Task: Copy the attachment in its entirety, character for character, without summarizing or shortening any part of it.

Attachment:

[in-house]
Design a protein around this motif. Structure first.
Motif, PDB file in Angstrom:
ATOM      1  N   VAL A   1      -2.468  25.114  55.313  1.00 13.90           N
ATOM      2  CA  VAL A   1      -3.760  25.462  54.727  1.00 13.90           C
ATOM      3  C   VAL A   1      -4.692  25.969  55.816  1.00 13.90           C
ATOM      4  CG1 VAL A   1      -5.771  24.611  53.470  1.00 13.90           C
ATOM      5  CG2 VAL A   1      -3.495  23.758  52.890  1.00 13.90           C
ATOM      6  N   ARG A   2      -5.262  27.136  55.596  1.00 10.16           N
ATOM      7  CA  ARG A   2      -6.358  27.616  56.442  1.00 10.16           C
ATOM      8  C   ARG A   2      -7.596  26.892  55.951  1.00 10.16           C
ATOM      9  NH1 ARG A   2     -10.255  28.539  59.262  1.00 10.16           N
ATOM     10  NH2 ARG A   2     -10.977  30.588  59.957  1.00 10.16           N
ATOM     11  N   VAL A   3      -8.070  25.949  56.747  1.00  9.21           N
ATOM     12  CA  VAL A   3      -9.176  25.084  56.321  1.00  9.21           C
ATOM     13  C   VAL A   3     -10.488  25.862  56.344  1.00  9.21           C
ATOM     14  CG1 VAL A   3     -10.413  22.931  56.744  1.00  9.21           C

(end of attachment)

[in-house]
Design a protein around this motif. Structure first.
Motif, PDB file in Angstrom:
ATOM      1  N   VAL A   1      -2.468  25.114  55.313  1.00 13.90           N
ATOM      2  CA  VAL A   1      -3.760  25.462  54.727  1.00 13.90           C
ATOM      3  C   VAL A   1      -4.692  25.969  55.816  1.00 13.90           C
ATOM      4  CG1 VAL A   1      -5.771  24.611  53.470  1.00 13.90           C
ATOM      5  CG2 VAL A   1      -3.495  23.758  52.890  1.00 13.90           C
ATOM      6  N   ARG A   2      -5.262  27.136  55.596  1.00 10.16           N
ATOM      7  CA  ARG A   2      -6.358  27.616  56.442  1.00 10.16           C
ATOM      8  C   ARG A   2      -7.596  26.892  55.951  1.00 10.16           C
ATOM      9  NH1 ARG A   2     -10.255  28.539  59.262  1.00 10.16           N
ATOM     10  NH2 ARG A   2     -10.977  30.588  59.957  1.00 10.16           N
ATOM     11  N   VAL A   3      -8.070  25.949  56.747  1.00  9.21           N
ATOM     12  CA  VAL A   3      -9.176  25.084  56.321  1.00  9.21           C
ATOM     13  C   VAL A   3     -10.488  25.862  56.344  1.00  9.21           C
ATOM     14  CG1 VAL A   3     -10.413  22.931  56.744  1.00  9.21           C